It suggests we may be approaching an affluent, ebullient time with a cultural focus on space, not seen since the 1960s.

In the 1950s, the medical doctor above would have been called a “contactee.” Alleged telepathic communications and warnings of threatening natural and political events were common. From 1953 until 1973, the famous contactee George Van Tassel, who was reportedly a flight test engineer for Howard Hughes, organized large, public UFO conventions — featuring all of the above — in the Southern California desert at Giant Rock (near Landers, CA).

During the early 1960s UFOs became so respectable that one contactee, Gabriel Green, ran for the U.S. Senate from California and received 171,000 votes in the primaries (M. Sachs, The UFO Encyclopedia, 1980).

About 5 years ago while casually perusing the UFOCAT (Center for UFO Studies), a computerized list of UFO sightings from 1946 to 2000, I noticed that UFO sightings were reported worldwide, including Europe, the UK, and North America. Athough they were plentiful from 1947 through the 1950s and 1960s, they petered out after 1973. The timing is coincident with the 1960s Apollo Maslow Window and the preceding decade.

Assuming the UFOCAT was accurate and complete, I still didn’t know if people were actually seeing more UFOs before 1973 than after, or if media reports were artificially stimulating the phenomenon. But I unofficially started calling this the “Klaatu Effect,” after the magnificent space alien in the original movie, The Day The Earth Stood Still (1951).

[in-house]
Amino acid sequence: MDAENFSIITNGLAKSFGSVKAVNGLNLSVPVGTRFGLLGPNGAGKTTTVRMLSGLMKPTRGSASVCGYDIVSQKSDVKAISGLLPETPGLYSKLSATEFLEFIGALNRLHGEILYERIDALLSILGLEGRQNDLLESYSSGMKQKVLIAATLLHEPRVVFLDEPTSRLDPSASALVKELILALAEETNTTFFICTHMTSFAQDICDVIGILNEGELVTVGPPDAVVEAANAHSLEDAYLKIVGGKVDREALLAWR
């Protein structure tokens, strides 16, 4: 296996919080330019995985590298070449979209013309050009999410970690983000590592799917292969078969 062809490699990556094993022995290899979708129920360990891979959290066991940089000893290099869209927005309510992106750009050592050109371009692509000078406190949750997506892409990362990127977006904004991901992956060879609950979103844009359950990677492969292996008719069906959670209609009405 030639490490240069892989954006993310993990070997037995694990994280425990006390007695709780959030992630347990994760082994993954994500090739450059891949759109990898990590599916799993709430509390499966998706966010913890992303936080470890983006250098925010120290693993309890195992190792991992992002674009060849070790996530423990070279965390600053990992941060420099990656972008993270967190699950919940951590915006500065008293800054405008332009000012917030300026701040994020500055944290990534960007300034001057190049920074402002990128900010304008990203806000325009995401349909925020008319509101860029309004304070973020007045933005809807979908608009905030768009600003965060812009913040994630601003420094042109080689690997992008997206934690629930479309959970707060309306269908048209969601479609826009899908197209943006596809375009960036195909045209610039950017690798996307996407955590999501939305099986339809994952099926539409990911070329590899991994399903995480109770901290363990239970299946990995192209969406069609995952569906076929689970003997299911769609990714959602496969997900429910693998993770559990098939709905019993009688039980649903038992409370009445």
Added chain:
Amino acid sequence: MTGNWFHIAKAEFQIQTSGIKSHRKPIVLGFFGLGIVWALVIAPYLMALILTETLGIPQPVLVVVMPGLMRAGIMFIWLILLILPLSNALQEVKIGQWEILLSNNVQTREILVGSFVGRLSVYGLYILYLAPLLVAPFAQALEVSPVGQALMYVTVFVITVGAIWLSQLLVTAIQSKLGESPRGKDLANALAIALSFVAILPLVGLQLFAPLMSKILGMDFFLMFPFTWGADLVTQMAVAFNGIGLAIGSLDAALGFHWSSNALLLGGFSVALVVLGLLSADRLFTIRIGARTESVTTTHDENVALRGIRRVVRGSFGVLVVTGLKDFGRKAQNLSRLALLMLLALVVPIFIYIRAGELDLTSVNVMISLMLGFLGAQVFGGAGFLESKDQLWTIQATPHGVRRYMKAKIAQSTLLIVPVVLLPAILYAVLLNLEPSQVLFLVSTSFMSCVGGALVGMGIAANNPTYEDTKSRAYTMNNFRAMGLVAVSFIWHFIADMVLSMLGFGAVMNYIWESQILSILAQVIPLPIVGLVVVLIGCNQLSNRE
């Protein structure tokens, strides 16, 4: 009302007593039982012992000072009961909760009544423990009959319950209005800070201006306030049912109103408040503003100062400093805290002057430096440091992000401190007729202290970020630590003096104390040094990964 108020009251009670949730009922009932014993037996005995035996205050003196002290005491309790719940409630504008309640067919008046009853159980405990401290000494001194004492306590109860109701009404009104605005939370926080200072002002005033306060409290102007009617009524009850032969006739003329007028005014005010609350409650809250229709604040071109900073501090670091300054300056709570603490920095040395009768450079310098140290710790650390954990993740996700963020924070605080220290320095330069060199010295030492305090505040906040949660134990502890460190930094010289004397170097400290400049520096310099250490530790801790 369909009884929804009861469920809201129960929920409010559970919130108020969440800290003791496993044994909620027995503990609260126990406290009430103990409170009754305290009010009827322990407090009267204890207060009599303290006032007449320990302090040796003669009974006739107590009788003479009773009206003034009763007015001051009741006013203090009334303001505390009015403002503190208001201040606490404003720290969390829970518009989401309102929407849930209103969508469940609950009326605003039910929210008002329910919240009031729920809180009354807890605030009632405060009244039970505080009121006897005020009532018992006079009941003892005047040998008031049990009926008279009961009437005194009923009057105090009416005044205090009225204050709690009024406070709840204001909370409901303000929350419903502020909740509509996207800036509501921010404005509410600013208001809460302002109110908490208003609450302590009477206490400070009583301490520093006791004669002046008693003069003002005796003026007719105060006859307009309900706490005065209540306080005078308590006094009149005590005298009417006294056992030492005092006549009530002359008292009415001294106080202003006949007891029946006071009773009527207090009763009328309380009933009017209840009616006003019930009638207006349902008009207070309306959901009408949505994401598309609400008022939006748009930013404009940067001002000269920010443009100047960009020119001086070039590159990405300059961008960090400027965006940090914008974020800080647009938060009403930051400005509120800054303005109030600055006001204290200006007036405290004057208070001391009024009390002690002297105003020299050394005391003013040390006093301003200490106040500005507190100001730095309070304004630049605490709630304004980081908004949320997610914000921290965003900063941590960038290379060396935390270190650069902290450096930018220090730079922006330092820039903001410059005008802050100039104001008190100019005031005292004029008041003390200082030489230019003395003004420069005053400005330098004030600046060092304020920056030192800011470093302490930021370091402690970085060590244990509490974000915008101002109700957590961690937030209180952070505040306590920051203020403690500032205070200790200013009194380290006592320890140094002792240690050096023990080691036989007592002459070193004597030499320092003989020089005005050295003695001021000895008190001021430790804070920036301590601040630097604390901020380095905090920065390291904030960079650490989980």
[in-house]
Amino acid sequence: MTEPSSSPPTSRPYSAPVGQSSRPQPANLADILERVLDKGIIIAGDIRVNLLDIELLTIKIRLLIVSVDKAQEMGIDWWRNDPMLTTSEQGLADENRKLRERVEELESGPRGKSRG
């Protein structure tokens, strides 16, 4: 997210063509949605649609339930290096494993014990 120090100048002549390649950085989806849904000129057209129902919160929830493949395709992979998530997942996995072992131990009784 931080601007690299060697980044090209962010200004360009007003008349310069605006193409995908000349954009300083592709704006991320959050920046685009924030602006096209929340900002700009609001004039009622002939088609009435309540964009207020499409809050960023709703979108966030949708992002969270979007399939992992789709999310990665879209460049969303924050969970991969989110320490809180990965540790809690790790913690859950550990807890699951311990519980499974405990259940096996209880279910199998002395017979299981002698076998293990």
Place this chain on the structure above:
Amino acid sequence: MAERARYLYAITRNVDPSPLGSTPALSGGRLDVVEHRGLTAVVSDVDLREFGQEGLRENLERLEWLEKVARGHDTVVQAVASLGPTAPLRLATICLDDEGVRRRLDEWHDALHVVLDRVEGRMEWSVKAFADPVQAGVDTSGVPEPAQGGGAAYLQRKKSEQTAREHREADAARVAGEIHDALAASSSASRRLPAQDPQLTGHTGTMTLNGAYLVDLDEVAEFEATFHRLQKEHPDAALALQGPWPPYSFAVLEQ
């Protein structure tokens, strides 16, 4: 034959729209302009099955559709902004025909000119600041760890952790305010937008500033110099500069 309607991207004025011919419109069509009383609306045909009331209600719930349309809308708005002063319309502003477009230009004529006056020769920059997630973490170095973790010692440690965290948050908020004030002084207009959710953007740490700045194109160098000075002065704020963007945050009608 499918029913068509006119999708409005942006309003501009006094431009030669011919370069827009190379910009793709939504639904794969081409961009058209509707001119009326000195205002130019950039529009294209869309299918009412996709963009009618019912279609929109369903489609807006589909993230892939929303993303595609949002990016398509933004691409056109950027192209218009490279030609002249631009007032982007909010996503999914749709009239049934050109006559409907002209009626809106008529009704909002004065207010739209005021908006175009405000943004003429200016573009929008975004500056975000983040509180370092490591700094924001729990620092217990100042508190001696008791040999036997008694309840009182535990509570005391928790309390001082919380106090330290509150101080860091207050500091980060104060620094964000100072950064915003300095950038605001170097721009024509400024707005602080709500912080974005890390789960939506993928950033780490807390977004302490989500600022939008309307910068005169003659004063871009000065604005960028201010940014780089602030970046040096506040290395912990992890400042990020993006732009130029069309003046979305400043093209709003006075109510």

The current Klaatu Effect involves more than Bay Area-style UFO enthusiasts in Asia. For example, Dr. Lynne Kitei, a well-known physician and educator, discussed UFOs recently on Fox News Channel. She’s played a major role drawing attention to the extraordinary Phoenix Lights UFO sightings of March, 1997. They have been compared to one of the most intriguing mass witness UFO events ever: the Washington National Airport UFO sightings of 1952, when reportedly several UFOs flew in formation over the White House on consecutive weekends.

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May 15 2011

Celebrating 3 Years of 21stCenturyWaves.com at ISDC 2011 in Huntsville

This week we’re celebrating our 3rd exciting year of exploring the future of space, technology, and education at 21stCenturyWaves.com!

I’d like to thank Rachel Nishimura, who is the co-founder of 21stCenturyWaves.com, for making it possible, and all the Contributing Editors who have provided invaluable advice and information over the last 3 years, as well as new colleagues who help this quest continue to grow.

Most of all I’d like to thank the readers of 21stCenturyWaves.com from around the world who’ve visited this site for a glimpse of the future. Please come back often because long-term indicators and current global trends show we’re accelerating toward a 1960’s-style transformative decade — including a new international Space Age — by 2015. And 21stCenturyWaves.com is just getting started.